BOZEMAN — The freshman season Three Forks native Tayla Moeykens has put together should not be viewed as having come from nowhere.
Rather, her year of barrel racing success for Montana State should be considered the next logical step of her progression.
Her resume already includes three Northern Rodeo Association junior barrel racing and all-around championships and four trips to the Junior World Finals, where in 2020 she was the senior barrel racing champion and the overall average champion.
In her first year of college rodeo, Moeykens won the Big Sky Region barrel racing title with 1,107 points. That total puts her third in the country heading into the College National Finals Rodeo, which begins on Sunday in Casper, Wyoming.
Moeykens hasn’t yet competed at CNFR obviously, but she’s well aware of the enormity of the stage.
“I’ve been told it’s a really amazing experience being in the barn and stuff during the performances,” she said. “A lot of the other competitors have said it’s a very unique experience and something to remember.”
Sophomore teammate Shai McDonald will also join Moeykens in the barrel racing at CNFR. McDonald placed third in the Big Sky Region with 580 points. MSU athletes occupied nine of the top 10 in the region’s barrel racing standings this year.
“Shai and I have been friends and competitors for a long time,” Moeykens said. “Her horses have always been super nice horses, and I like it when I have people around me who can do very well and push me because it makes me ride to the best that I can.”
Moeykens enters the college finals trailing the national barrel racing leader — Karson Bradley of the University of Wyoming — by only 33 points. And Moeykens missed second place by only three points, so the race at the top was tight in the regular season. She and her horse Blue should have a strong chance to contend in Casper, MSU head coach Andy Bolich said.
“She has been so solid and performed like a veteran,” Bolich said. “It’s been neat to see a freshman like her have such a great year and not get any of the freshman jitters or any of that stuff. She just performed like a veteran and had a really dominating year.”
During the fall season, Moeykens placed seventh at the first Northwest College rodeo but won the second one and also at Montana-Western. She added a fifth-place finish at Dawson Community College but really turned it on in the spring.
She won the barrel racing at both of MSU’s rodeos in early April and followed with wins at the University of Providence and the University of Montana.
“Coming into it, I didn’t exactly know what to expect, but I just went out there and made the best run I could every time,” Moeykens said. “I credit my horse with all of that because she’s half the team, and I really need her. It’s just kind of a surreal feeling.”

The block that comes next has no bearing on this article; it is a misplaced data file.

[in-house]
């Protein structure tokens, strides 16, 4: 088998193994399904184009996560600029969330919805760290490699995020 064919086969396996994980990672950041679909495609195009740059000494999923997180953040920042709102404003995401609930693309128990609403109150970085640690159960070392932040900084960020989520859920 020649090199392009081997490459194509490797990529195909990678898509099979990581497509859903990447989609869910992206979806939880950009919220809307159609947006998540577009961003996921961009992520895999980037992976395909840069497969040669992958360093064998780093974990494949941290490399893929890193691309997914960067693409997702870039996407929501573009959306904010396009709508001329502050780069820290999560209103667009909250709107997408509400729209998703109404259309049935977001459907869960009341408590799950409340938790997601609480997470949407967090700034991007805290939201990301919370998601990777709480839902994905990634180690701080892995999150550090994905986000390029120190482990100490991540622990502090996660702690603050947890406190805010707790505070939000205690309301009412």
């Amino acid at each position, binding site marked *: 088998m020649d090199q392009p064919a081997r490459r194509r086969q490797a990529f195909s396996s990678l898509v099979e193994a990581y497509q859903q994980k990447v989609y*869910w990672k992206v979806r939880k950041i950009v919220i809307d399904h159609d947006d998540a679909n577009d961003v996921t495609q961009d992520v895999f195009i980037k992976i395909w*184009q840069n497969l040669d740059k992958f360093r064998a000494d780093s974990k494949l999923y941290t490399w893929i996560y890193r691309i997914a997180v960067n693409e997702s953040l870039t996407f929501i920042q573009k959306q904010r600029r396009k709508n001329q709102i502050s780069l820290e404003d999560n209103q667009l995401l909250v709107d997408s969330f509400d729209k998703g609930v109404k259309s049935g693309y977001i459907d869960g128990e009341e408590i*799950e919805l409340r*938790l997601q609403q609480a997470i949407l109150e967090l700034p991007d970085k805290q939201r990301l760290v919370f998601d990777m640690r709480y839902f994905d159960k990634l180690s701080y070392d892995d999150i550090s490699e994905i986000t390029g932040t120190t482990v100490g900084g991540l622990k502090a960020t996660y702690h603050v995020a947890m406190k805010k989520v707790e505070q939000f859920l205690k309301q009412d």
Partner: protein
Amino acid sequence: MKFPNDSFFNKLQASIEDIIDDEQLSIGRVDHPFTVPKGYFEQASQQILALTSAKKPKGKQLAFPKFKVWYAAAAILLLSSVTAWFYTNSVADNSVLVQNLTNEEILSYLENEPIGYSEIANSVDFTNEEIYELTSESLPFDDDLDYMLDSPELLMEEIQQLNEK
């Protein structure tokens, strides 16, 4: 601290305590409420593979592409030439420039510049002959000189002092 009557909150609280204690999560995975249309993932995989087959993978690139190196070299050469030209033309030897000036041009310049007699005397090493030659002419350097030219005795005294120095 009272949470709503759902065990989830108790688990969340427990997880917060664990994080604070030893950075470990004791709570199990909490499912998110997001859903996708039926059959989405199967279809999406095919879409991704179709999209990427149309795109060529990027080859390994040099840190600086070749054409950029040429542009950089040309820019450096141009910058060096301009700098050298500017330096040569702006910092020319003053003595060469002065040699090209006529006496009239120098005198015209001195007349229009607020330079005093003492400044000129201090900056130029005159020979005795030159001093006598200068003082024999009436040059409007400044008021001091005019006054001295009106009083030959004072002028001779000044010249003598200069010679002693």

In any recap of her season, Moeykens peppers the conversation with compliments of Blue, who prior to this year didn’t have a lot of experience at events with large crowds.
“She’s been to a few normal performances now with the noise in the crowd, and she’s handled it like a champ,” Moeykens said. “She’s grown so much in the last couple years, and I can’t thank her enough for all that she does. … She definitely has the heart of a champion.”
In preparation for the CNFR, Moeykens doesn’t take Blue on many traditional practice runs around the barrels. She relies instead on regular trots and conditioning exercises.
“Usually that’s just to work on the basics and fine-tune stuff because we’re working with tenths and hundredths here,” she said.
Since school let out, she has also made a few trips to professional rodeos to keep sharp. In the last three weeks of May, Moeykens and Blue picked up wins at rodeos in Vernon, Texas, and Cave Creek, Arizona. In between, they placed eighth in Payson, Arizona.
“Hopefully that momentum keeps rolling right into the college finals, which I think it will,” Bolich said. “Her horse is running good.”
That’s been the trend all year, and Moeykens is similarly hopeful it continues. She of course wants to win, or at least qualify for the short go, but she won’t let her national standing convince her that winning is a certainty.
“I’m just thankful for every run that she gives me,” Moeykens said of Blue. “We just go out there and try to do the best we can that day, and if it falls it falls, and we’re very happy for it. You stay humble and go on to the next one and see what happens. Nothing is ever given. Rodeo is something that will teach you that.”
Parker Cotton can be reached at firstname.lastname@example.org or 406-582-2670. Follow him on Twitter @ByParkerCotton.